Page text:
Z Charts and COVID-19


Z Charts used to be quite a popular form of communication years ago but now it can be difficult to find reference to them at all. On my old web site, I had a few examples of Z Charts and I just thought the other day that they might be a useful addition to the covid-19 discussion.

First of all, let’s see what Z Charts are, one for world covid-19 cases and one for covid-19 deaths and then see how to construct and interpret them.

Z Chart Components

There are three separate but related curves on a Z Chart

  • The daily, in this case, numbers (cases and deaths)
  • The cumulative numbers
  • The Moving Total numbers

A Z Chart always looks like the letter Z when we draw it properly. So how do we construct them and what do they tell us?

Why am I showing an 18 Day Moving Total? Because I am plotting March 2020 data and I am adding the data as it comes in.

Z Chart Data

Here is the part of the table I used to create the covid-19 cases Z Chart:

The Daily column contains the daily new cases being reported

  • The cumulative simply adds the new cases from day one to day two … then to day three …
  • The 18 Day Moving Total starts on 27th February by adding together all of the daily results for the range E25:E42 and as we fill that down, it becomes E26:E43 and so on.
  • There are three checks built into this chart: the two sets of cells that I have coloured on 27/2/2020 and on 15/3/2020: they show that they must be equal to each other on their respective days. The third check in the Difference column that confirms the check on 15/3/2020 that the cumulative and the moving totals are the same as each other. If these checks fail, the Z Chart will be wrong!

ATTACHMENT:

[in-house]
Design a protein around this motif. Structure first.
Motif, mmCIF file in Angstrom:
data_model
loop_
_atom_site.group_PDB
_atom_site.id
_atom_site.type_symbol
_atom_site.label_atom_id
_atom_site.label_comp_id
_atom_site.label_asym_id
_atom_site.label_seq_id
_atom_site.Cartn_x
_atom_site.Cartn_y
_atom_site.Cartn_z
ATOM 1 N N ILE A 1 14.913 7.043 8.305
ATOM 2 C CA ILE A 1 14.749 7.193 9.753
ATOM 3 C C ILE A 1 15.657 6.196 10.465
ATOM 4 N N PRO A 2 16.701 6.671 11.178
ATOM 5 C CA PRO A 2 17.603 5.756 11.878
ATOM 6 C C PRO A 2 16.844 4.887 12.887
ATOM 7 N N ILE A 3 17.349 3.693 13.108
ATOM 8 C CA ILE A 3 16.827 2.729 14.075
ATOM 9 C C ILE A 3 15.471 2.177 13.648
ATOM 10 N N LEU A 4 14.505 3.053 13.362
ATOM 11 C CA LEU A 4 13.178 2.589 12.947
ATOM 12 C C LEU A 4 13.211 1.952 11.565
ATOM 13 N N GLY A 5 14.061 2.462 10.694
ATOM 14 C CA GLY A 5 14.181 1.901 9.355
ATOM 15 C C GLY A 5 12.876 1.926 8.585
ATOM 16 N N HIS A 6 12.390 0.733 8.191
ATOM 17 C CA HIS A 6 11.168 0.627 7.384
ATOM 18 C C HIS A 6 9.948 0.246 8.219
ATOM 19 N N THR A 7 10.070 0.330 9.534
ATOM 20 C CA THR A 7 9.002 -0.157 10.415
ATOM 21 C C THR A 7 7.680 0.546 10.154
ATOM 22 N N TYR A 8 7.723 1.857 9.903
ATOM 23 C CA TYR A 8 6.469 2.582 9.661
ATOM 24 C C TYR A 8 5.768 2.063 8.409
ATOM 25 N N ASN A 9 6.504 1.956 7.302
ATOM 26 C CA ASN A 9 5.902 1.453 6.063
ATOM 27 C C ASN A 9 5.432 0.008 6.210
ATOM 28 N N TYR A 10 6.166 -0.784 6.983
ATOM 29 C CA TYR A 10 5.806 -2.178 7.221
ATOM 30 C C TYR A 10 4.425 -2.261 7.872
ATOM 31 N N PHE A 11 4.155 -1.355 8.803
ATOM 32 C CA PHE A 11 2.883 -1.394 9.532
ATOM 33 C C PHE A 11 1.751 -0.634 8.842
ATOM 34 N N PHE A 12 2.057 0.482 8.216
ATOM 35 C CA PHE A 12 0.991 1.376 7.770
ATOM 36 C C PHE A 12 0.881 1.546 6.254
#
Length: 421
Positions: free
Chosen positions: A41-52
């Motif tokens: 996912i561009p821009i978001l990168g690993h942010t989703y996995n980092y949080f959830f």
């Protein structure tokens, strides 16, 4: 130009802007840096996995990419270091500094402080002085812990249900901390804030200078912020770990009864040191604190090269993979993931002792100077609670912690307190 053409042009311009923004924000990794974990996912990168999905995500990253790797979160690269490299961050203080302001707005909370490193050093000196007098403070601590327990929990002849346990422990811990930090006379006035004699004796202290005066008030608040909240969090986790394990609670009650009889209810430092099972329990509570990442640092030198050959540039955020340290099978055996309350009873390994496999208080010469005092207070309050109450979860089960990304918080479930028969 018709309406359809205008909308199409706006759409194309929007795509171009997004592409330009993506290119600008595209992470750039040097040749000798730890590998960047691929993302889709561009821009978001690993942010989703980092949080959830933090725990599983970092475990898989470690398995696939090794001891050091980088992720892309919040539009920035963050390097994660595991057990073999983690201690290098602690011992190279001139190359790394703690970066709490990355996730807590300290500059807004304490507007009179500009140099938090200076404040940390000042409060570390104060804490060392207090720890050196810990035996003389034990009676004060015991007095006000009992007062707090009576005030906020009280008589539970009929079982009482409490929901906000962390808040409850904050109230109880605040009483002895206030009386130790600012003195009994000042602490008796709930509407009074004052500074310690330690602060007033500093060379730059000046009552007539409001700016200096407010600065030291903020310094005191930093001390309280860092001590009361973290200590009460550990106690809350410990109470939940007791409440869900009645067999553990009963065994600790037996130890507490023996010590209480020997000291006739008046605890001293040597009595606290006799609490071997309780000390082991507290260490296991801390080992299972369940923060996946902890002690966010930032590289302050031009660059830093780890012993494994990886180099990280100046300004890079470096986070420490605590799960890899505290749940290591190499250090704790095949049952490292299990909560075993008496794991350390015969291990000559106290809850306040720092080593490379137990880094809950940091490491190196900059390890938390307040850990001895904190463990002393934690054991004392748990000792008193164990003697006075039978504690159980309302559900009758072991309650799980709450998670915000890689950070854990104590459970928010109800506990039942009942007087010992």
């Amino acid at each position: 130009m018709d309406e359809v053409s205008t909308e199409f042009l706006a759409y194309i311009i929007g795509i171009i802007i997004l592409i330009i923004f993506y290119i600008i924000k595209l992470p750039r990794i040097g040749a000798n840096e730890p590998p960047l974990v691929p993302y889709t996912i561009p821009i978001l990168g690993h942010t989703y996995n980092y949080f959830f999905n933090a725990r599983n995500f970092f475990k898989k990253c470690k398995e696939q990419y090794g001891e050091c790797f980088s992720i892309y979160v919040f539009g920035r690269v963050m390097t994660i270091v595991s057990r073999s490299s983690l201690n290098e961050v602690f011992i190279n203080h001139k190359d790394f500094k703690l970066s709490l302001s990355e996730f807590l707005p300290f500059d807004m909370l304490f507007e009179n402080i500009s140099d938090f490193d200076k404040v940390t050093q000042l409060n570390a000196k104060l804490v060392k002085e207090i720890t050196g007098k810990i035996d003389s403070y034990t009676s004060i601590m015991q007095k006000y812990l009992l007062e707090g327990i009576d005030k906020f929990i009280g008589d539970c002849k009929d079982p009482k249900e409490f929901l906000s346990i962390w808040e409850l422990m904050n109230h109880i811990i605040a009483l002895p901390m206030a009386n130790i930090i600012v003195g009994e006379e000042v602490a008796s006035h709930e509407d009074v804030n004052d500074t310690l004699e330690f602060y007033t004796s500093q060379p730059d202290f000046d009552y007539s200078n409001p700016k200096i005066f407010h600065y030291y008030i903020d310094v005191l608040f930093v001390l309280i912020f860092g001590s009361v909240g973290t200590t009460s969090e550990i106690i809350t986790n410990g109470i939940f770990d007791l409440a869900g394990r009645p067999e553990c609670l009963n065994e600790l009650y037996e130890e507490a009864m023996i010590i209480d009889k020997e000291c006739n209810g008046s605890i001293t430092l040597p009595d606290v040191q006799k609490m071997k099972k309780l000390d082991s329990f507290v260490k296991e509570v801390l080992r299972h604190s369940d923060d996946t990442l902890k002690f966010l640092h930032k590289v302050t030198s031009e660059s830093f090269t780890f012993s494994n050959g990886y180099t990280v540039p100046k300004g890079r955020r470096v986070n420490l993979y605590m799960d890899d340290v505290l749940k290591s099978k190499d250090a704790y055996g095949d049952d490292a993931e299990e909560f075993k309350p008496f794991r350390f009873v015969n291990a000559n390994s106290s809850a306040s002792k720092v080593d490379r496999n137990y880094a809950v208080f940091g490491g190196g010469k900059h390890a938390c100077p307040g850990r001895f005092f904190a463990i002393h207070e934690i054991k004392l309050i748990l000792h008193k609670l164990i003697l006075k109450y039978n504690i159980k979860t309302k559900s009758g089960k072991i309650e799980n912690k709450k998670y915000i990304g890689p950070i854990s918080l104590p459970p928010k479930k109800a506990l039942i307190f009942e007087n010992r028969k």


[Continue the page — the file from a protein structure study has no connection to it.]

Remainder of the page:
How do we Interpret a Z Chart?

We see that the number of daily new cases is the bottom line and it slopes upwards from left to right: it is indicating that the trend of new cases is rising: more and more cases per day. If we plot just the daily cases, this is what that curve looks like:

The changes are quite dramatic, aren’t they?

The cumulative results also show an increasing trend from left to right: from the past to the present. Also looking at that curve in isolation:

This curve confirms the sharply increasing rate of change of cases.

Finally, what about the 18 day moving total, what does that tell us? Let’s see:

The story here is that we see a levelling off and then a fall in the moving total cases but then, in tune with the other two curves, we see a steep rise. That tells us that something sudden seems to have happened around 4th March 2020 when the curve inverted.

You can download the latest data from various sources, including this really user friendly site: https://www.worldometers.info/coronavirus/

16th March 2020